From the Mexican side, the Casa de Adobe is in Juárez's Colonia Ladrillera at the end of Calle Canutillo. Despite the high tension on the U.S. side, it’s not unusual to spot juarenses enjoying a picnic at the Casa de Adobe or wading along the Rio Grande.
The green sign in the foreground indicates the actual location of the international border per the calculations of the International Boundary and Water Commission. The adobe structure in the back is a recreation of an historic structure which played a key role in one of the first battles of the Mexican Revolution. Revolutionary leader Francisco Madero organized his forces (including General Francisco Villa) from a similar-looking adobe building which once stood at this site before the May 1911 Battle of Ciudad Juárez which resulted in the Mexican Army’s defeat. The loss of Ciudad Juárez led to the resignation of long-time Mexican President Porfirio Díaz.
In early 1911, before the Battle of Ciudad Juárez, Francisco Madero gathered his supporters at the Casa de Adobe to plan strategy together. Madero, seated in the middle (labeled “5”), was joined by Francisco “Pancho” Villa (“10”) and Venustiano Carranza (“3”) among others. This image is one of the most famous from the early Mexican Revolution . Despite its historic value, Madero's adobe headquarters were later demolished and lost to history.
The centennial of the Mexican Revolution, and of the Battle of Ciudad Juárez, raised interest among juarenses to commemorate the northern border town’s important contribution to Mexican history. In 2011, the Ciudad Juárez municipal cultural affairs office rebuilt the site using adobe, officially naming it La Casa de Adobe y Monumento a Francisco I. Madero. The site has a small exhibit and monument focusing on this important historical episode as well as the colonial Spanish history of Ciudad Juárez which, from its founding in 1659 until 1888, was known as Paso del Norte . The embedded YouTube video above shows the construction work on the rebuilt Casa de Adobe.
Unlike the militarized security apparatus around Tijuana-San Diego’s Boundary Monument 258 (which is currently inaccessible from the U.S. side), there are not fences at the eastern terminus of the land border. Large rocks prevent vehicles from crossing the imaginary line while the watchful eyes of nearby Border Patrol agents (not to mention cameras and security sensors) carefully guard this isolated canyon which is accessible only by dirt roads on either side of the boundary.
The Mexico-U.S. land border, barely distinguishable here as a diagonal line only indicated by the metal yellow post and chain, departs from Boundary Monument 1, heading westward across the Chihuahuan and Sonoran Deserts to the Pacific Ocean. Fences and barrier walls mark the border just east and west of here. This isolated canyon scene evokes the invented, but ever real character of the border across the desert.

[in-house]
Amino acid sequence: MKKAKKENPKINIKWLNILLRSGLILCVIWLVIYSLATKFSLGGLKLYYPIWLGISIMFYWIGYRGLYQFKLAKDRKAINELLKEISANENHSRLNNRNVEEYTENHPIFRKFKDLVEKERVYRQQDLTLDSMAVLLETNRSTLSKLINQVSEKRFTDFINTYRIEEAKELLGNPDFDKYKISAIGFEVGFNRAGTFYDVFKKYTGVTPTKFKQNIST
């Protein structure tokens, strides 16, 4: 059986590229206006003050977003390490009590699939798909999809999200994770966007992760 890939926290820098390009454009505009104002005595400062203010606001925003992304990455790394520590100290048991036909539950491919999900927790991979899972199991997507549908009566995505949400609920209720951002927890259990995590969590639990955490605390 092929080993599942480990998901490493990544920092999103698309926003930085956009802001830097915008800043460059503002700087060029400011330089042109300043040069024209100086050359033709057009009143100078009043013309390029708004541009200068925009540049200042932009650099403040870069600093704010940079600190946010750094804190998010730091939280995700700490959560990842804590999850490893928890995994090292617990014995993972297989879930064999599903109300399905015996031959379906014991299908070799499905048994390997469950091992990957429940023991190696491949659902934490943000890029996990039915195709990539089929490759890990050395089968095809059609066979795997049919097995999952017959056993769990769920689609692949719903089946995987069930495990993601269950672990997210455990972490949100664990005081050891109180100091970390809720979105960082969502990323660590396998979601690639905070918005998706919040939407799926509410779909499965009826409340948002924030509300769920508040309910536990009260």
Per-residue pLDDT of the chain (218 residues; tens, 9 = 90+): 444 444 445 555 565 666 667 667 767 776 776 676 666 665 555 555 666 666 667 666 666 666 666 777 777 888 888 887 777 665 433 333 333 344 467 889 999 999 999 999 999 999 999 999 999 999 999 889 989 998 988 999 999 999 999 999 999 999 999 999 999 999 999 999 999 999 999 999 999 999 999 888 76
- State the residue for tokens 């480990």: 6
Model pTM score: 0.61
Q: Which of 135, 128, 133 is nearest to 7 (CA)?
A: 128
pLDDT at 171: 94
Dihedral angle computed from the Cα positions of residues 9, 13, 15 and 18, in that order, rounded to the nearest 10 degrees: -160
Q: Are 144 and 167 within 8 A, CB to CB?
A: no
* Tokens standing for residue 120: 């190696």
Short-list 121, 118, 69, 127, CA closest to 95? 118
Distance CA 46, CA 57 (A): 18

Antonio Navalón, “La tercera nación,” Revista de la Universidad de México, no. 27 (2006) 32-36 (http://www.revistadelauniversidad.unam.mx/2706/pdfs/32_36.pdf)
 "Transcript of the Treaty of Guadalupe Hidalgo (1848)," Our Documents (https://www.ourdocuments.gov/doc.php?flash=true&doc=26&page=transcript)
 Michael Dear, "Monuments, Manifest Destiny and Mexico," Prologue Magazine, U.S. National Archives, Vol. 37, no. 2, Summer 2005 (https://www.archives.gov/publications/prologue/2005/summer/mexico-1.html)
 Tygress, “International Boundary Marker No. 1, El Paso, TX,“ Engineering Landmarks on Waymarking.com (http://www.waymarking.com/waymarks/WMKNPW_International_Boundary_Marker_No_1_El_Paso_TX)
 Michael Dear, "Monuments, Manifest Destiny and Mexico, Part 2." Prologue Magazine, U.S. National Archives, Vol. 37, no. 2, Summer 2005 (https://www.archives.gov/publications/prologue/2005/summer/mexico-2.html)
 "Rio Grande Watershed," New World Encyclopedia (http://www.newworldencyclopedia.org/entry/File:Riogrande_watershed.png)
 Julio-Cesar Chavez, "Access to Border Monument Sometimes Denied by Private Property Owners," KVIA Channel 7, El Paso-Las Cruces, July 21, 2017 (http://www.kvia.com/news/border/access-to-border-monument-sometimes-denied-by-private-property-owners/591021715)
 "Francisco Madero and his Advisors (1911)," U.S. Library of Congress (http://www.loc.gov/exhibits/mexican-revolution-and-the-united-states/rise-of-madero.html#obj015)
 Martín Coronado, “Atrae a cientos la Casa de Adobe,” El Diario de Juárez, 9 de abril 2015 (http://diario.mx/Local/2015-04-09_7bc553c8/atrae-a-cientos-la-casa-de-adobe/)
U.S.-Mexican, Latino, and Border Historian